I have heard many a sermon on the need for contrition, (one of my favorite Psalms is the 51st which arises directly in response to David's brokenness over his horrible actions) but I believe there is another lesson in this man's life as well.

It is true that David models repentance, and an earnest desire for godliness in the midst of a life marred by sin, but what if we shift the focus of our storytelling from David, to God? What happens to our story? What echoes might we hear then?


What is going on in the heart of God?

While God was not blind to the evil in David's heart, He chose to interact with David's good. God saw what was best about David, not what was worst...

This speaks volumes about God's character!


I regularly read 1 Corinthians 13 as either a ringing indictment of my failure to love, or as an exhortation to that love. How instead if we read it as a description of God's character?

God is patient, God is kind, God doesn't rejoice with evil, but rather with truth! God doesn't keep a record of wrongs, God perseveres in love and goodness, and His love always wins out over evil and human brokenness!

David's story then becomes, not a revelation of David's heart after God which we must emulate, but rather a canvas on which God's heart is displayed for us which we should wonder at!


When God looks at you, He doesn't look at your failures and sins, but at your sincerest efforts! We discount our earnest desire for God because of the presence of sin. God instead discounts the presence of sin because of our earnest desire for Him!

Because of God's goodness it is not the presence of sin that defines us, but rather the presence of righteousness!


In short, God is not disappointed when we are a pile of ash with only a negligible spark of holiness within, rather, He is overjoyed at the presence of the spark! He guards it, cherishes it, and works with it. He longs to nurture that smallest glimmer of faith and righteousness and to fuel it, and breathe on it until it flames!

As Scripture says, 'a bruised reed He will not break and a smoldering wick He will not snuff out.'

If you are a bruised reed, barely standing upright, or a smoldering wick, barely lit, God will not cast you aside, but rather work with joy to encourage the life that is present within you!


Training Wheels Pt IX

So what?

How does this become practical?

Hopefully in two ways:

1) A closer, and more contextual, reading of the Law. A more nuanced approach to what is going on in the Old Testament passages, and the New Testament itself specifically in reference to the Law. Consequently, a greater understanding of what God has been up to throughout history, so that we might gain greater understanding of what God is up to now!

2) A deeper desire to become righteous in Christ! A growing passion to engage the Spirit of God, and the source of righteousness! A heightened resolve to open our souls to our Father through prayer, fasting, study, worship, giving, serving, and sharing.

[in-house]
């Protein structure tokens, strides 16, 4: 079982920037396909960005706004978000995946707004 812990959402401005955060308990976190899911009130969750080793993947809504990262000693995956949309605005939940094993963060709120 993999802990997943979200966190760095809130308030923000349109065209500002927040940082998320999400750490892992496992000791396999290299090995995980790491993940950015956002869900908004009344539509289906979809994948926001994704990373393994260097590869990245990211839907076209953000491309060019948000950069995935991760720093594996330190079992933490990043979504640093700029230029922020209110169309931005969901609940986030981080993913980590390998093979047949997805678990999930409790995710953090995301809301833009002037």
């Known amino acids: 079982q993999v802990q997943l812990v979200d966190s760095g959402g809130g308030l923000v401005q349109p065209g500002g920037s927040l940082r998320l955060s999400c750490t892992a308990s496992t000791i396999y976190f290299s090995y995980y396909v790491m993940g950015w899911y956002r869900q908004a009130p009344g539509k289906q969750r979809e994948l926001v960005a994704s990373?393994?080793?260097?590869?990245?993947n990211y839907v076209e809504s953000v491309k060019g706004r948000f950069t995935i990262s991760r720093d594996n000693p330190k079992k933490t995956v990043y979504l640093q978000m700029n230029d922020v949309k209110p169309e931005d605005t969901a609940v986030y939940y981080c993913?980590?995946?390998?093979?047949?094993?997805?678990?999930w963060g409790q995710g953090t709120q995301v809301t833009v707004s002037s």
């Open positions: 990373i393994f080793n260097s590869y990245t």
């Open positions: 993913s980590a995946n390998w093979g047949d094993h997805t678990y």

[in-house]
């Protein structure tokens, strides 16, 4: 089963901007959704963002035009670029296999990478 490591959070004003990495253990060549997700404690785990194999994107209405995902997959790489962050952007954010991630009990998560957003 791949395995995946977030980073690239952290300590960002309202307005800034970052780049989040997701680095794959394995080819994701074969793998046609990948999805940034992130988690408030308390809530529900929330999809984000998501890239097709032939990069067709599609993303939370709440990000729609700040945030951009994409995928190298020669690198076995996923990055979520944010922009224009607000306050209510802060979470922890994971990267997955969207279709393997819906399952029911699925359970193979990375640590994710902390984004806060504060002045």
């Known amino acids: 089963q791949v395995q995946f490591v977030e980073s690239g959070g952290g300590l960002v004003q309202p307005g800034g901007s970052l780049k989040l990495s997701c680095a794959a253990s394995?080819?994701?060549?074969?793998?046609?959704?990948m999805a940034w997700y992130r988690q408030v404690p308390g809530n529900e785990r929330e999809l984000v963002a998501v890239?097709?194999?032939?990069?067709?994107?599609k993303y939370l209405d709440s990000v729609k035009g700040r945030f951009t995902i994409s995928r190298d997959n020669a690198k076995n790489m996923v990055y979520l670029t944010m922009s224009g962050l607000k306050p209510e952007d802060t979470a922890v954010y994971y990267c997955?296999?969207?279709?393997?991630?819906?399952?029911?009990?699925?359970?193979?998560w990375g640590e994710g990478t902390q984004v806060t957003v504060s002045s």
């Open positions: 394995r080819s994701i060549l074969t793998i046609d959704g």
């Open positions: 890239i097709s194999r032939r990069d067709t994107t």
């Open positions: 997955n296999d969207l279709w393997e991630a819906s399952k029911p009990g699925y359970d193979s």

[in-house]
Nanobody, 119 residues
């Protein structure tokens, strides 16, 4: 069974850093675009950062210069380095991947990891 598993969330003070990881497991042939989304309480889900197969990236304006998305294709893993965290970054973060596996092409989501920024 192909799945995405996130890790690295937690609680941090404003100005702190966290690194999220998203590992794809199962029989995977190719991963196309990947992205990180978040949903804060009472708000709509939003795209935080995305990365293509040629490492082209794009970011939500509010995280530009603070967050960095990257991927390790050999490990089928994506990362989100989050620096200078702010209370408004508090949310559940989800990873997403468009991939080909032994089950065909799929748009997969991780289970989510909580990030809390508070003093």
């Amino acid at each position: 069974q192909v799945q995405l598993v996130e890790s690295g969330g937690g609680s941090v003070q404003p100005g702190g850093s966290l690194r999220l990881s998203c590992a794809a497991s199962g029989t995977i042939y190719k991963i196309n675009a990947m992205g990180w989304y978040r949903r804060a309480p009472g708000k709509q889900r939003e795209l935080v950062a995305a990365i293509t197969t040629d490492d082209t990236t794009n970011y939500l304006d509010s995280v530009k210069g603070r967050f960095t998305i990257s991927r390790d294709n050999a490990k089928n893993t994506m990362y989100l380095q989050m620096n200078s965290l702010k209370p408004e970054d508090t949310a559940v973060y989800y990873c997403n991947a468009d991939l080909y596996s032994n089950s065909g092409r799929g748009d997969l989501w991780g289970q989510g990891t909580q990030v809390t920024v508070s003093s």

Society of Vineyard Scholars

I just returned from the First Annual Conference, here are some reflections:


I was very blessed by several papers in particular. Matt Croasmun's delightful juxtaposition of the Johannine gospel with the Synoptics (proposing that we lay John's gospel over the top of the Synoptics much like watching a movie with the director's commentary turned on). Jared Boyd's paper demanding that we name specific evils as a necessary first step in working to eradicate injustice. Jason Clark's paper exploring ecclesiology and consumerism. Steven Burnhope's deliciously intelligent, and timely paper exploring various Scriptural metaphors for the Atonement, and more specifically, how those theories were rooted in the surrounding culture of the biblical authors. Subsequently, (aside from prompting me to deeper awe at the marvelous repository of wisdom and power that is the Bible) we are compelled by the Scriptures themselves to engage culture from Scripture with freedom and fluidity...

Of course, I was blessed by each paper! The above just touch more on areas of personal interest, but I felt a little intimidated to be set alongside any and every of the presenters!


I wasn't sure what to expect, but certainly was not expecting the Spirit's presence during the paper presentations! I was moved to tears by many of the papers, and heard God's promptings during many of them as well.

There were times of worship and prayer, as well as prophecy. I was greatly blessed by all of this. There were even some specific prayers that arose directly in response to some of the papers and/or discussions...

I was humbled by the amazingly intelligent people doing playful things, remarkable things, necessary things. I look forward to being able to read through several of the papers when they become available.

I was able to make some new relational connections that I believe might possibly be quite significant personally...


I was also extremely blessed at the overall attitude and posture of the people.